“I am so sorry for them, because they make a big mistake,” said one 30-year-old Iraqi man of the hundreds of Iraqi soldiers who quit following their graduation last month. “I want to help this country, so I will serve anywhere in my country.”

During a May 8 recruiting drive in this region of about 30,000, 189 men showed up to enlist and 78 were accepted, a stark contrast when compared to enlistment numbers from larger Al Anbar cities.

In Ferris, Iraq, located just outside Fallujah, which boasts a population of 220,000 plus, about 95 men enlisted in the Iraqi Army May 8 during a similar recruiting drive. More than 800 Iraqis enlisted in the Army last month during a Fallujah a month ago.

Al Anbar’s capitol, Ramadi, boasts a population of about 450,000 and is considered by some as the last remaining insurgent stronghold in the region. During a recent recruiting drive there, only four enlisted.

Coalition and Iraqi military forces actively combat insurgents on a daily basis in Ramadi.

“Ramadi’s a tough town, it’s pretty rough. To get one person to show up is good,” said Hale. “Yeah, they (Fallujah, Ramadi) have a large population, but people are hesitant to take part in the new government.”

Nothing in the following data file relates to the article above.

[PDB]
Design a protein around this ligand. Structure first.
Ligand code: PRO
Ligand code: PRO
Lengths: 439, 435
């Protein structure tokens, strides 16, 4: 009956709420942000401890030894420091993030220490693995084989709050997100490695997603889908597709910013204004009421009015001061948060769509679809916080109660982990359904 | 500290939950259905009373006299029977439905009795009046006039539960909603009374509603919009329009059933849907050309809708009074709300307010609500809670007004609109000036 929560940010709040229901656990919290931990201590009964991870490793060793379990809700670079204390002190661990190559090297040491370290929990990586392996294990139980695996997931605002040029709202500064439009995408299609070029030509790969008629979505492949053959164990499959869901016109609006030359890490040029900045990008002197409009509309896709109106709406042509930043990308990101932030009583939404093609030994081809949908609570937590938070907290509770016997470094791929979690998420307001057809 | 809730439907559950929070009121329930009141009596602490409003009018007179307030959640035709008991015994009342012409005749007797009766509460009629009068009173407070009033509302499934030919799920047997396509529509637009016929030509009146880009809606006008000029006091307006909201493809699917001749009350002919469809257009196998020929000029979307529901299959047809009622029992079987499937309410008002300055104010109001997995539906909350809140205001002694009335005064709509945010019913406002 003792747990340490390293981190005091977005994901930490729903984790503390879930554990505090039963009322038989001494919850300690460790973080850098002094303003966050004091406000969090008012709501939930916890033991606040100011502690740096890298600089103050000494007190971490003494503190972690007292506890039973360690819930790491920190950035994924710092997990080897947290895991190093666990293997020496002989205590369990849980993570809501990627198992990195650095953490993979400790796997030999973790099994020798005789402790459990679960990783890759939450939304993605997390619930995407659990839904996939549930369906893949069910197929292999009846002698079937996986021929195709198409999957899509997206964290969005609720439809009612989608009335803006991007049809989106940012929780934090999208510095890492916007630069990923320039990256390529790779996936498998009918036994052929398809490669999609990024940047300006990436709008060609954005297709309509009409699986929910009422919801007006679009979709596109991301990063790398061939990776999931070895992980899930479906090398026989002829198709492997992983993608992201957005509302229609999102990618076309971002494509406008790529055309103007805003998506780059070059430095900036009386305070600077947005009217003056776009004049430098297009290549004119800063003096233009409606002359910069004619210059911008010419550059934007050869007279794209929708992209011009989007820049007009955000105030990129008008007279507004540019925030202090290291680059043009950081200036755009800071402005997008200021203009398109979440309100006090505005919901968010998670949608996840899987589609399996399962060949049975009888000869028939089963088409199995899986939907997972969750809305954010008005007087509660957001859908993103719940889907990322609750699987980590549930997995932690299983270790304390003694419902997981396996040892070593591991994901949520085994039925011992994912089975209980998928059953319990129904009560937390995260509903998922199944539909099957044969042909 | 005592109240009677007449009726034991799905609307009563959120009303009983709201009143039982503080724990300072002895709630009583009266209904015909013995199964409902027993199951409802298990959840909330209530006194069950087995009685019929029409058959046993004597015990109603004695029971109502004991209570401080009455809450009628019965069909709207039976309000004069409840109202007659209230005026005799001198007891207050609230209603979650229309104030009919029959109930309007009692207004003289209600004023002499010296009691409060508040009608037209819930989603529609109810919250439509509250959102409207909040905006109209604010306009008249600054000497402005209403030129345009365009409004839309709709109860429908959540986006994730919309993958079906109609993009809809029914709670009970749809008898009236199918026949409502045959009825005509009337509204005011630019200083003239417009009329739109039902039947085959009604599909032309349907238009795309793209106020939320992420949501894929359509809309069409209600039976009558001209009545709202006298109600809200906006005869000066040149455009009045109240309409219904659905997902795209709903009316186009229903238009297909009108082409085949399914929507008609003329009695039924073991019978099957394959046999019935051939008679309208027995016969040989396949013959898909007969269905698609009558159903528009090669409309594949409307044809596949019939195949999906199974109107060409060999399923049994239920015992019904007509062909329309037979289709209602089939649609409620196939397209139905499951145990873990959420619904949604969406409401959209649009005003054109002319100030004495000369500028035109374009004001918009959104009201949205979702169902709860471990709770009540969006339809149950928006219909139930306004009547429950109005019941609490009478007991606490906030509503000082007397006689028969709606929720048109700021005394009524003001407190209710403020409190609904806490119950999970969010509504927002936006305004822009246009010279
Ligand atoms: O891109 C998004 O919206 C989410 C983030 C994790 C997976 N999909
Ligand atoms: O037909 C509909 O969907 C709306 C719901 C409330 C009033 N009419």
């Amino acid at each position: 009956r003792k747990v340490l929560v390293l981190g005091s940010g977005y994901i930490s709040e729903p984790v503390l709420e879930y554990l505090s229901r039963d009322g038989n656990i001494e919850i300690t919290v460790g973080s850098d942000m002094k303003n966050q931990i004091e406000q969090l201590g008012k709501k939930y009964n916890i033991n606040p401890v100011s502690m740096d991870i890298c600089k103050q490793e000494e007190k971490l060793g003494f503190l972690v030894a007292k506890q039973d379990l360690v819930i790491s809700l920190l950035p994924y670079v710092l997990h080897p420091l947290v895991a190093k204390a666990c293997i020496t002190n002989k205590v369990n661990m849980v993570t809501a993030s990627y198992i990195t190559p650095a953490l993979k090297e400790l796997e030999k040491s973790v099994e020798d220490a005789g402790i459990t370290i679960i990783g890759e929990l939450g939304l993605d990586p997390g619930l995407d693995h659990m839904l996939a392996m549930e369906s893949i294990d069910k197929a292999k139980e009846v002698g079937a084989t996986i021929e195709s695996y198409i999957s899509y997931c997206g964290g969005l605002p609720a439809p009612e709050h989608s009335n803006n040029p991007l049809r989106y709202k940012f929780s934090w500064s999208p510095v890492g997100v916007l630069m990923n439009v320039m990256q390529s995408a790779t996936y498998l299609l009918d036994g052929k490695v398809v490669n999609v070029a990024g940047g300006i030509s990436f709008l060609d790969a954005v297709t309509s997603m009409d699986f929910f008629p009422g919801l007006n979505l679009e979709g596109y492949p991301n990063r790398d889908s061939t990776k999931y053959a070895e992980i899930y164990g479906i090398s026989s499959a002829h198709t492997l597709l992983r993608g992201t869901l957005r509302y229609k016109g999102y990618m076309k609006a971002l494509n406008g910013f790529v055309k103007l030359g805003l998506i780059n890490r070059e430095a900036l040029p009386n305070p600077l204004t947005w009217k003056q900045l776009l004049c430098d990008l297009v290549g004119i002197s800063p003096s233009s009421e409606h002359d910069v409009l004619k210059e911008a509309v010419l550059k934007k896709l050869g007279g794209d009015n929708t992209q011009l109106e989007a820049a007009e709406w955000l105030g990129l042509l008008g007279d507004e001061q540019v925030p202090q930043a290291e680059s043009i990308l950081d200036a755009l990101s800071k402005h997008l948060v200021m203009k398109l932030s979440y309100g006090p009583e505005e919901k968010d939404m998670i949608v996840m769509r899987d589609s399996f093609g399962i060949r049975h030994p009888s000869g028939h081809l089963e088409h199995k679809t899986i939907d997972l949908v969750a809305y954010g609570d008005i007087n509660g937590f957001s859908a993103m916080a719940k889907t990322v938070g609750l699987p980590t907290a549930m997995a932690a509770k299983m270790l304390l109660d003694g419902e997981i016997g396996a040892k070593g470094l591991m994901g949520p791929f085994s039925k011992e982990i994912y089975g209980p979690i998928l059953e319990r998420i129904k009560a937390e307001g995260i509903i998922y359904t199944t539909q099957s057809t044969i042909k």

Since some of Al Anbar’s more populated cities have not wielded large numbers of Iraqi Army hopefuls, Hale and his team of Iraqi doctors and government officials have traveled throughout western Al Anbar in hopes of recruiting future Iraqi soldiers from more rural towns, such as Al Qa’im near the Syrian border, and here. 

Though more than half of those who showed up to this recruiting drive were turned away due to illiteracy and other disqualifying conditions, Hale is confident that those who were accepted will stay the course of their training and go on to serve honorably.

“It offers them financial benefits, and they get to see other areas,” said Hale. “A lot of these individuals haven’t traveled five or 10 miles outside their hometowns.”

In the past eight months, Hale’s team has screened thousands of Iraqis from Al Anbar province for enlistment.

Of the nearly 1,000 Iraqi soldiers, mostly Sunni, who graduated from the first Iraqi Army basic training course in Habbiniyah April 30, Hale said he recruited “a good portion” of them. It’s part of the Iraqi Government’s attempt to keep the national Army mixed with Iraqis from a variety of religious sects, said Hale.

“We want a national Army,” said the Amarillo, Texas, native. “We want all of Iraq represented in the armed forces of Iraq.”

One Iraqi man, a Sunni, says he doesn’t care about serving alongside Shiites, as long as he can “kill terrorists.”

“We are the same in this country, there is no difference between us,” he said through a translator. “For my neighborhood, I can tell you for my family, my tribe, this is one country. We are one.”

Here, Hale’s team spent hours screening dozens of droves of local men. To enlist, potential recruits have to meet certain criteria and be “in good physical health,” said Hale.

“It’s fairly simple and it’s a lot like the process in the United States,” said Hale, who spent time as a Marine Corps recruiter in Maryland several years ago. “The individual is interviewed, they must have identification, they are screened by a doctor, and then they enlist.”